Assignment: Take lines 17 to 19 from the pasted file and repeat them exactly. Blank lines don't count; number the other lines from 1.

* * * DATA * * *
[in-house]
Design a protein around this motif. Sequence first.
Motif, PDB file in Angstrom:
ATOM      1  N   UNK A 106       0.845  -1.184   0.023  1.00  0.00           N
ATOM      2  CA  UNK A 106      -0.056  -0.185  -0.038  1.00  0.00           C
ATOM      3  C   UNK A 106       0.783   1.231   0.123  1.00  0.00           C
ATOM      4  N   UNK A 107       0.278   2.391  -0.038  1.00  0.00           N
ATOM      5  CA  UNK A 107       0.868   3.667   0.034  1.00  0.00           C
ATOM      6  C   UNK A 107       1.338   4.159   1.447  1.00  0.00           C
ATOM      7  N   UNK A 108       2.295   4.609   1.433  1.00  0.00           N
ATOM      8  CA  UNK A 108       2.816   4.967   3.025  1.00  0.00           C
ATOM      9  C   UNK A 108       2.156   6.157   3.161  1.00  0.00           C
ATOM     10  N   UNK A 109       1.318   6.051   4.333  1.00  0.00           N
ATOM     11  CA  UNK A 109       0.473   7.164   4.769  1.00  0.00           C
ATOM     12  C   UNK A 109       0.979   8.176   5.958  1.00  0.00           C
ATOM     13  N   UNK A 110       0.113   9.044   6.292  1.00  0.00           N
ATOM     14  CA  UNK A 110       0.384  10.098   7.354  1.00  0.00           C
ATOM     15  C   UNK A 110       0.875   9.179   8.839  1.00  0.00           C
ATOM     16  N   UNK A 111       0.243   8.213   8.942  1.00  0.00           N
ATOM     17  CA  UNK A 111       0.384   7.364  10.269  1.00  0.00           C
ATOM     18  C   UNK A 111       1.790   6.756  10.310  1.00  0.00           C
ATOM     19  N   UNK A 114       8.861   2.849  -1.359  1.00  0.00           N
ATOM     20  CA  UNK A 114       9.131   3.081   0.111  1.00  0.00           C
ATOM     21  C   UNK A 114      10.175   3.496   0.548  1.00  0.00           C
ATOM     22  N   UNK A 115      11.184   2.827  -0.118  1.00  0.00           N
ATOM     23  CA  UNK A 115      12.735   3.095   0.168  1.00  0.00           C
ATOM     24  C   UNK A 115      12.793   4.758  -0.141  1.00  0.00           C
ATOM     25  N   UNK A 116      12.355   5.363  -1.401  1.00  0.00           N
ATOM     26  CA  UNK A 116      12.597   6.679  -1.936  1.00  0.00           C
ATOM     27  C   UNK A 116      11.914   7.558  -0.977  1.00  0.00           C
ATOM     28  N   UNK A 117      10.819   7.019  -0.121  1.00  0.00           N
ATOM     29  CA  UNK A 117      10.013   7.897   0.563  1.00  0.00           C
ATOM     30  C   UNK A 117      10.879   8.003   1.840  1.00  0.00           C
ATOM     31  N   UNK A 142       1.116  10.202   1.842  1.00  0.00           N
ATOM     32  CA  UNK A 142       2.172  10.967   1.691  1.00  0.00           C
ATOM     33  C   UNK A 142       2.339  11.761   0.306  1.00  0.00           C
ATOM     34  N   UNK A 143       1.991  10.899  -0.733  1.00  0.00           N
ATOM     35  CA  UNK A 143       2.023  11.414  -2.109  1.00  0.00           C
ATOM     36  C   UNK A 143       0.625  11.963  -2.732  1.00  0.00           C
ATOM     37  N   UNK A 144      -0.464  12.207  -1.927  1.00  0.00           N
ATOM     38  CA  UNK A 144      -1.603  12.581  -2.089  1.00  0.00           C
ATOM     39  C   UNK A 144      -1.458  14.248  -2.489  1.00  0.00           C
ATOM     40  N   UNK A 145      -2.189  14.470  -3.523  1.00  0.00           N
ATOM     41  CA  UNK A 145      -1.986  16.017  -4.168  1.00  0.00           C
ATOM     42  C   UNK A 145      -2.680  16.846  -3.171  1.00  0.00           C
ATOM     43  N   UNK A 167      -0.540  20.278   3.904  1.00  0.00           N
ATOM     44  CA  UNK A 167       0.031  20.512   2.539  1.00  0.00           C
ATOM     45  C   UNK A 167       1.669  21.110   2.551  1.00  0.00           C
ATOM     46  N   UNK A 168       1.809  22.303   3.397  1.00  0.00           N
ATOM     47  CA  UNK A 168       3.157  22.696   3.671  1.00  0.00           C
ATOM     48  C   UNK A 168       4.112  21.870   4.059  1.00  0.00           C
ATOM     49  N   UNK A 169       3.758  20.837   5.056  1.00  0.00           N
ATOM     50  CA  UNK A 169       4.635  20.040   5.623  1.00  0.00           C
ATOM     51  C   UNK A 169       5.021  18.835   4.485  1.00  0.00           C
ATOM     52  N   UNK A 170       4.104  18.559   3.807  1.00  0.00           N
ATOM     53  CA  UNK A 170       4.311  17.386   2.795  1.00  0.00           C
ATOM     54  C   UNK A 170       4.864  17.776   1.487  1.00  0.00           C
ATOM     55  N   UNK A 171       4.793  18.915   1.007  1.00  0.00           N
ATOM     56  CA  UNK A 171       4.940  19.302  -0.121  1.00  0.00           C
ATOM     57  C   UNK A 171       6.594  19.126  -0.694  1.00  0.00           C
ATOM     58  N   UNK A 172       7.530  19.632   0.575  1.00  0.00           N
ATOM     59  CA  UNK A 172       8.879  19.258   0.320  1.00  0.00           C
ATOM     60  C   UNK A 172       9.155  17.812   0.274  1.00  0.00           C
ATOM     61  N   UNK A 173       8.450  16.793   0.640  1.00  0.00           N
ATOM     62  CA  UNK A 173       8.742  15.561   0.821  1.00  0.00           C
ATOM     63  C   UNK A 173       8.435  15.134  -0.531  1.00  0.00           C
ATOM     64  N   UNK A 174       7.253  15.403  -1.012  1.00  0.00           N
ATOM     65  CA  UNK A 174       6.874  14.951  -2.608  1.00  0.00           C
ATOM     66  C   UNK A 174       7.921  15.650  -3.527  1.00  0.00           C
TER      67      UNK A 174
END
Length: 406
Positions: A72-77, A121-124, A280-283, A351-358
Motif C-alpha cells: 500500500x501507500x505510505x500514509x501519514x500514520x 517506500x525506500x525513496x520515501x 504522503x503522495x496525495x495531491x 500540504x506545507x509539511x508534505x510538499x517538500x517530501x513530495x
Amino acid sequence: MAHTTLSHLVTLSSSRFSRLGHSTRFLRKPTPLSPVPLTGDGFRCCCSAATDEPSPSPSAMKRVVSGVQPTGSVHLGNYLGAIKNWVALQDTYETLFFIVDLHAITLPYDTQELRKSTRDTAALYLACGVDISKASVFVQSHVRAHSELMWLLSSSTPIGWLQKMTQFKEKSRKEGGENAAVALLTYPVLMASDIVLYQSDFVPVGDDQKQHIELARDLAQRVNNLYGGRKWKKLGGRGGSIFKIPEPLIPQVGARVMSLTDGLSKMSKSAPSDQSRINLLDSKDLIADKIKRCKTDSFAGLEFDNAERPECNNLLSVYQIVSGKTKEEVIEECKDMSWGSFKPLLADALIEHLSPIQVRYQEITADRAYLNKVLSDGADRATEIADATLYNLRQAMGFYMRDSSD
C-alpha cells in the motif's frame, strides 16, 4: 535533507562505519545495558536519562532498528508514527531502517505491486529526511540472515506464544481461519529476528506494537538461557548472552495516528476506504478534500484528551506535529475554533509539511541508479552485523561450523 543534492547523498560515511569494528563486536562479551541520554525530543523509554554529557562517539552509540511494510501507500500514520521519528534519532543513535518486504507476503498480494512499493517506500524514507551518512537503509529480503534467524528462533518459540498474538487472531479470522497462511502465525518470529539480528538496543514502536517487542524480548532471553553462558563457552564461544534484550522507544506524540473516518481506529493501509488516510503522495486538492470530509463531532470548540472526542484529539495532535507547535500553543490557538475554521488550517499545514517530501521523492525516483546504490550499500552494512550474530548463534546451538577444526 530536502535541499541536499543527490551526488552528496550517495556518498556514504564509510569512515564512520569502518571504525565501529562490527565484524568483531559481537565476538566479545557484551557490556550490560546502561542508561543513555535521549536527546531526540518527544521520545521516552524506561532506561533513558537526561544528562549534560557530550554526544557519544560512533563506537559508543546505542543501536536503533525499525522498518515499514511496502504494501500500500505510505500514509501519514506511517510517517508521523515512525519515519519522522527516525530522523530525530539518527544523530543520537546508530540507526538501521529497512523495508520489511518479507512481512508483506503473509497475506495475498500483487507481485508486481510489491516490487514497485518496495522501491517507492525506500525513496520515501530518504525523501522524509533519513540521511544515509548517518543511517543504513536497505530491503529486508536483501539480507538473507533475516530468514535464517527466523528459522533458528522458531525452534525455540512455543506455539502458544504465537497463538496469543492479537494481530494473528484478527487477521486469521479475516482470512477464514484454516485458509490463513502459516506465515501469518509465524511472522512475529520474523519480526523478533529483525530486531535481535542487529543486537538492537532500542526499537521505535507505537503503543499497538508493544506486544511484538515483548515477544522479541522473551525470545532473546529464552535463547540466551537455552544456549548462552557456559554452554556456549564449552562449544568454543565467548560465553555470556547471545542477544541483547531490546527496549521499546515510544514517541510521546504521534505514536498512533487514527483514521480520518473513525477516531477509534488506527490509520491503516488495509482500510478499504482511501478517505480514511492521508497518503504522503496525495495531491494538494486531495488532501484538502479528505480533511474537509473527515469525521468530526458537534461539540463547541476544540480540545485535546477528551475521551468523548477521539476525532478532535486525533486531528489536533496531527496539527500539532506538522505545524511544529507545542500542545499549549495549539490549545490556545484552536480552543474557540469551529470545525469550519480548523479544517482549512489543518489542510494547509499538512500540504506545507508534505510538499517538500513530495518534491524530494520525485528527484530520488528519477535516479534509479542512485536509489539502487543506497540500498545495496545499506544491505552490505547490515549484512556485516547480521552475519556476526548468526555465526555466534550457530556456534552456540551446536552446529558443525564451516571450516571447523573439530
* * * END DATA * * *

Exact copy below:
ATOM     14  CA  UNK A 110       0.384  10.098   7.354  1.00  0.00           C
ATOM     15  C   UNK A 110       0.875   9.179   8.839  1.00  0.00           C
ATOM     16  N   UNK A 111       0.243   8.213   8.942  1.00  0.00           N